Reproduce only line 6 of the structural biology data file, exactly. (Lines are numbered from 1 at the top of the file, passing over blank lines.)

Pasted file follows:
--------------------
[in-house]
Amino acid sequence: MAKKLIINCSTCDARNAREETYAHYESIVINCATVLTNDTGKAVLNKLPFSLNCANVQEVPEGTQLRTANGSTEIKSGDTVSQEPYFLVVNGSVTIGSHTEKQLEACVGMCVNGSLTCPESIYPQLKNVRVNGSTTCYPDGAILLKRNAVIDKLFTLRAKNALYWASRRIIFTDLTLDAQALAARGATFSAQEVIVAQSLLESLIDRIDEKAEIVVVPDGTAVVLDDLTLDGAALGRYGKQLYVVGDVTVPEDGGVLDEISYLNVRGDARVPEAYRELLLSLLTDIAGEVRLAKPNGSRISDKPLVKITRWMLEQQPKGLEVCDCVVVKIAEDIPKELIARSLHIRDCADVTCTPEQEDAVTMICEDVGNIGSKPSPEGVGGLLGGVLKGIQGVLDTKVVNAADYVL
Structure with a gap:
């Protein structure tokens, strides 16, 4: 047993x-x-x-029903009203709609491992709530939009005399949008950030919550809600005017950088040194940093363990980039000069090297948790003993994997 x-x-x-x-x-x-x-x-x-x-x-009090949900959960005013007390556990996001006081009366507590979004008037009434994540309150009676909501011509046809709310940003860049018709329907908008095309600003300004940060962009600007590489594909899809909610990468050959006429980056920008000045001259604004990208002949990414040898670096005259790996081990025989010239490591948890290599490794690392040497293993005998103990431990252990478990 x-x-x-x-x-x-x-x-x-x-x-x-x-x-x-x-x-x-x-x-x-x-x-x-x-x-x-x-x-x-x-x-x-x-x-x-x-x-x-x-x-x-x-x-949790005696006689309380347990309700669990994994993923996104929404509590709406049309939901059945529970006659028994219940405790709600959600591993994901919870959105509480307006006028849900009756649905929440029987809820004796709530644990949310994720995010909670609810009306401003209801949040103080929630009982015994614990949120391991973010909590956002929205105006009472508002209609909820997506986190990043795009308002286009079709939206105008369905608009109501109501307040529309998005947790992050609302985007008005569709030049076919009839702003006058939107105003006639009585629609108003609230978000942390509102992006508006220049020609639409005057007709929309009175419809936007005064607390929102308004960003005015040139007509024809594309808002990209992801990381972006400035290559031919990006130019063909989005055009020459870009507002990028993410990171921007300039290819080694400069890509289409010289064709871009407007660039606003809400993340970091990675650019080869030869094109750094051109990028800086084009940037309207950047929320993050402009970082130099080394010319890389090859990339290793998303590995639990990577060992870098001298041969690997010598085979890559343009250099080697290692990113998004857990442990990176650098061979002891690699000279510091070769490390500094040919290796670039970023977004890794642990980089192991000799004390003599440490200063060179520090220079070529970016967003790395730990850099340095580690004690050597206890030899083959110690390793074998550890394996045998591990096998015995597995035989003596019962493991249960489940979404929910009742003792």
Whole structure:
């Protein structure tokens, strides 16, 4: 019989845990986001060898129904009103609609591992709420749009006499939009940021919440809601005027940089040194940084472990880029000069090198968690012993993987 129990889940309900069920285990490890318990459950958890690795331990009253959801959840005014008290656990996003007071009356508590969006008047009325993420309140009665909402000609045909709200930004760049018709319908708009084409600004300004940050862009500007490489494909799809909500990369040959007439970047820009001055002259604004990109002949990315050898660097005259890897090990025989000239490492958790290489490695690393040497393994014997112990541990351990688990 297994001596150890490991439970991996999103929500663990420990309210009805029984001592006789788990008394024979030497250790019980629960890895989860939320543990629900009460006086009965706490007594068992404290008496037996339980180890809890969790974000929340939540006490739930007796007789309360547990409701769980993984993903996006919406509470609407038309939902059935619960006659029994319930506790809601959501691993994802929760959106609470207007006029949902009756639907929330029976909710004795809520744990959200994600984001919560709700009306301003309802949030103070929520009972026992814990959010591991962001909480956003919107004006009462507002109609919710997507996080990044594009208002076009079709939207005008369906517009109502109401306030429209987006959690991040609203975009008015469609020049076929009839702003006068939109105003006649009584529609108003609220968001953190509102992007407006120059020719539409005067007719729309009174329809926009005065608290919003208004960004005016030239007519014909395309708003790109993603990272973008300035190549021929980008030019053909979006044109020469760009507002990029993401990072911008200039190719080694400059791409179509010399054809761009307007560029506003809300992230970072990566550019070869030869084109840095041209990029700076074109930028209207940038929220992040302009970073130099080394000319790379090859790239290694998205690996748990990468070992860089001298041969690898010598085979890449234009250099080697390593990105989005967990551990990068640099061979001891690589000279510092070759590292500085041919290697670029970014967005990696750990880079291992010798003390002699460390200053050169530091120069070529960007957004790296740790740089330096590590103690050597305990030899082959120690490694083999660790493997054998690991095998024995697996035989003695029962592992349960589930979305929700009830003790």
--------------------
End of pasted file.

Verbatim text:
């Protein structure tokens, strides 16, 4: 019989845990986001060898129904009103609609591992709420749009006499939009940021919440809601005027940089040194940084472990880029000069090198968690012993993987 129990889940309900069920285990490890318990459950958890690795331990009253959801959840005014008290656990996003007071009356508590969006008047009325993420309140009665909402000609045909709200930004760049018709319908708009084409600004300004940050862009500007490489494909799809909500990369040959007439970047820009001055002259604004990109002949990315050898660097005259890897090990025989000239490492958790290489490695690393040497393994014997112990541990351990688990 297994001596150890490991439970991996999103929500663990420990309210009805029984001592006789788990008394024979030497250790019980629960890895989860939320543990629900009460006086009965706490007594068992404290008496037996339980180890809890969790974000929340939540006490739930007796007789309360547990409701769980993984993903996006919406509470609407038309939902059935619960006659029994319930506790809601959501691993994802929760959106609470207007006029949902009756639907929330029976909710004795809520744990959200994600984001919560709700009306301003309802949030103070929520009972026992814990959010591991962001909480956003919107004006009462507002109609919710997507996080990044594009208002076009079709939207005008369906517009109502109401306030429209987006959690991040609203975009008015469609020049076929009839702003006068939109105003006649009584529609108003609220968001953190509102992007407006120059020719539409005067007719729309009174329809926009005065608290919003208004960004005016030239007519014909395309708003790109993603990272973008300035190549021929980008030019053909979006044109020469760009507002990029993401990072911008200039190719080694400059791409179509010399054809761009307007560029506003809300992230970072990566550019070869030869084109840095041209990029700076074109930028209207940038929220992040302009970073130099080394000319790379090859790239290694998205690996748990990468070992860089001298041969690898010598085979890449234009250099080697390593990105989005967990551990990068640099061979001891690589000279510092070759590292500085041919290697670029970014967005990696750990880079291992010798003390002699460390200053050169530091120069070529960007957004790296740790740089330096590590103690050597305990030899082959120690490694083999660790493997054998690991095998024995697996035989003695029962592992349960589930979305929700009830003790």